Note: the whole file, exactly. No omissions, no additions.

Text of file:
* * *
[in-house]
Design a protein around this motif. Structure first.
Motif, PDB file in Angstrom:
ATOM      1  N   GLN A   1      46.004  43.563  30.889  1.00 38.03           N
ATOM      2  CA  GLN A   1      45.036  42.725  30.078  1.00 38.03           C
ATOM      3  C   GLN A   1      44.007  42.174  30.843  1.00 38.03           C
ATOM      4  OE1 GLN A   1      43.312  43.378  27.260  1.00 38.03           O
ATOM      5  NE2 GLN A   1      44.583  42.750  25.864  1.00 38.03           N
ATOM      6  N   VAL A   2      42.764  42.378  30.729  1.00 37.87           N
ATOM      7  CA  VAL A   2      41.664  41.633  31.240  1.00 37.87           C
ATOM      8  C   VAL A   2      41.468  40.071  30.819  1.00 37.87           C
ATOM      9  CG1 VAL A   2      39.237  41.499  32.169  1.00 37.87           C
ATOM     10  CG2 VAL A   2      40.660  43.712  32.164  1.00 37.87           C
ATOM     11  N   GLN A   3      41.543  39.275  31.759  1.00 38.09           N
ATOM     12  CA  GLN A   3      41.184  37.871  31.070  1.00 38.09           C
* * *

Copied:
[in-house]
Design a protein around this motif. Structure first.
Motif, PDB file in Angstrom:
ATOM      1  N   GLN A   1      46.004  43.563  30.889  1.00 38.03           N
ATOM      2  CA  GLN A   1      45.036  42.725  30.078  1.00 38.03           C
ATOM      3  C   GLN A   1      44.007  42.174  30.843  1.00 38.03           C
ATOM      4  OE1 GLN A   1      43.312  43.378  27.260  1.00 38.03           O
ATOM      5  NE2 GLN A   1      44.583  42.750  25.864  1.00 38.03           N
ATOM      6  N   VAL A   2      42.764  42.378  30.729  1.00 37.87           N
ATOM      7  CA  VAL A   2      41.664  41.633  31.240  1.00 37.87           C
ATOM      8  C   VAL A   2      41.468  40.071  30.819  1.00 37.87           C
ATOM      9  CG1 VAL A   2      39.237  41.499  32.169  1.00 37.87           C
ATOM     10  CG2 VAL A   2      40.660  43.712  32.164  1.00 37.87           C
ATOM     11  N   GLN A   3      41.543  39.275  31.759  1.00 38.09           N
ATOM     12  CA  GLN A   3      41.184  37.871  31.070  1.00 38.09           C